Obviously, there is a place for both perspectives, but since the Enlightenment of the seventeenth and eighteenth centuries, there has been less and less appreciation of such seeing in wholes. We limited ourselves to rational knowing and the scientific method. So in our time, this deep mode of seeing must be approached as something of a reclamation project. After the Western Church separated from the East in the Great Schism of 1054, we gradually lost the profound understanding of how God has been liberating and loving all that is.

Mystics throughout the ages, however, knew Christ as another name for everything—in its fullness. Gregory of Nyssa (c. 335­–c. 394) wrote “For who, when [taking] a survey of the universe, is so simple as not to believe that there is Deity in everything, penetrating it, embracing it, and seated in it?” [1] Rhineland mystic Mechthild of Magdeburg (c. 1212–c. 1282) proclaimed, “The day of my spiritual awakening was the day I saw and knew I saw all things in God and God in all things.” [2] And twentieth-century Trappist mystic Thomas Merton (1915–1968) wrote, “Christ prayed that all people might become One as He is One with His Father, in the Unity of the Holy Spirit. Therefore when you and I become what we are really meant to be, we will discover not only that we love another perfectly but that we are both living in Christ and Christ in us, and we are all One Christ.” [3]

This week’s meditations will highlight various contemporary and ancient voices who have understood the “rich and glorious secret” of Christ inside and out, everywhere, and in all things.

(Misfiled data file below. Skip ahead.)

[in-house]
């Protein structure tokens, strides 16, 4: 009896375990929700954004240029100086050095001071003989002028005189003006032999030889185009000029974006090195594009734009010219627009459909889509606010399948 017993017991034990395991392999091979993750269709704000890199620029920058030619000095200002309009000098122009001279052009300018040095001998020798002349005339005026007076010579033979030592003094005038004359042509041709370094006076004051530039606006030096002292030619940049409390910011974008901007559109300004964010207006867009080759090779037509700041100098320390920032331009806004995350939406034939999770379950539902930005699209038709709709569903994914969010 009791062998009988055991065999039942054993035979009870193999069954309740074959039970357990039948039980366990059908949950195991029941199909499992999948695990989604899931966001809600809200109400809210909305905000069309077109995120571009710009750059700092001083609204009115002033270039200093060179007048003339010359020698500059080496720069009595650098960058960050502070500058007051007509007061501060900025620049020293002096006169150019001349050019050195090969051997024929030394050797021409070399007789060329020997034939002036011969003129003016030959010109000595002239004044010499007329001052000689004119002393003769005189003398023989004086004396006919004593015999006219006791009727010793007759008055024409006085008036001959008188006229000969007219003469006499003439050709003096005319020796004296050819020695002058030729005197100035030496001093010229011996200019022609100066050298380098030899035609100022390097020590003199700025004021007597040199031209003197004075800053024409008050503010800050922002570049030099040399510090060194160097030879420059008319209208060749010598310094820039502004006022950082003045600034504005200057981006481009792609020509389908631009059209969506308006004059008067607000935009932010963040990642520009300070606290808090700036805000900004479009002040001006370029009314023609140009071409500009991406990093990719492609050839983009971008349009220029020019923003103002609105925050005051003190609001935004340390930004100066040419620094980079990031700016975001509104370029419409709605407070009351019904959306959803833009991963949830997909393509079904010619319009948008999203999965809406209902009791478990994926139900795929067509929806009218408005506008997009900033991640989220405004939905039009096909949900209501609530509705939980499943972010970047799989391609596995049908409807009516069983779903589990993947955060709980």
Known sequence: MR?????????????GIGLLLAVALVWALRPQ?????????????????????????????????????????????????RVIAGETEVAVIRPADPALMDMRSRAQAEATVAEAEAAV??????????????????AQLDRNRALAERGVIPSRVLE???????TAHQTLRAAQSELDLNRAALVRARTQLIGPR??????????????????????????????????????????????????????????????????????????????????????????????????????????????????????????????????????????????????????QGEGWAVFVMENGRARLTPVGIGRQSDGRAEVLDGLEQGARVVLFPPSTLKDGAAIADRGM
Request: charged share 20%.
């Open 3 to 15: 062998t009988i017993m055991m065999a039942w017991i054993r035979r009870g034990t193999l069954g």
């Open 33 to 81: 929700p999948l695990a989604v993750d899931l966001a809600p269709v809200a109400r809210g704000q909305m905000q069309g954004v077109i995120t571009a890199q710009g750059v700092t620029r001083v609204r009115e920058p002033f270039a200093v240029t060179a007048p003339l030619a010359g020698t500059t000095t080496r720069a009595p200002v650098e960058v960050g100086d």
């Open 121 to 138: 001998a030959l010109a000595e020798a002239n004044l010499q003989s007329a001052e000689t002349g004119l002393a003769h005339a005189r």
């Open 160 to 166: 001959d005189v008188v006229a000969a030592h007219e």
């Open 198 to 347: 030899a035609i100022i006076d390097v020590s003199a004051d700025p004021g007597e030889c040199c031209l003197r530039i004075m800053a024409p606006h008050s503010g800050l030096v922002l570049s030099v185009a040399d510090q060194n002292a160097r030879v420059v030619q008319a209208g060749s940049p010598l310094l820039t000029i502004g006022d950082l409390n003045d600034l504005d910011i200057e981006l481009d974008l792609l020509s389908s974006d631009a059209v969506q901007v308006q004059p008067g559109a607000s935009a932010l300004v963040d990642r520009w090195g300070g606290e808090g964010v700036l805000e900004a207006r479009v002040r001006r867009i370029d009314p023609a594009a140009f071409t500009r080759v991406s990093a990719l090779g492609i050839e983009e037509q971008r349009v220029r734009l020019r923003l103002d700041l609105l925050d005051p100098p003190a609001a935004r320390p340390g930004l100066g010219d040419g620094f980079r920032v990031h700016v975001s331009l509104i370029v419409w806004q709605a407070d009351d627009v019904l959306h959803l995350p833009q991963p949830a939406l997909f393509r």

References:
[1] Gregory of Nyssa, The Great Catechism, 25, in Nicene and Post-Nicene Fathers of the Christian Church, vol. 5, Gregory of Nyssa: Dogmatic Treatises, etc. (Charles Scribner’s Sons: 1917), 495.

[2] Mechthild of Magdeburg, The Flowing Light of God, 2.19, in Meditations with Mechtild of Magdeburg, versions by Sue Woodruff (Bear & Co.: 1982), 46.

[3] Thomas Merton, New Seeds of Contemplation (New Directions: 1972), 150–151. Note: Minor edits made to incorporate gender-inclusive language.

Adapted from Richard Rohr, The Universal Christ: How a Forgotten Reality Can Change Everything We See, Hope for, and Believe (Convergent: 2019), 1, 4.

Story from Our Community:
I was introduced to Richard Rohr while struggling with the scandals and hypocrisy surfacing in the Catholic Church. Reading The Universal Christ allowed me to let go of operating more out of fear than love. I have come to appreciate that I can embrace my Catholic upbringing and see it is not the only path—there are so many ways to see, know and experience God. As such I find my days filled with ordinary miracles. Thank you Richard and CAC staff. —Christine A.

Image credit: Charles O’Rear, Grasses After Spring Rain (detail), 1973, photograph, Nebraska, National Archives.
Image inspiration: Each blade of dew-graced grass is part of a larger braided design, just as each person is part of a larger whole. The extraordinary glistens in the most ordinary.
Read Full Entry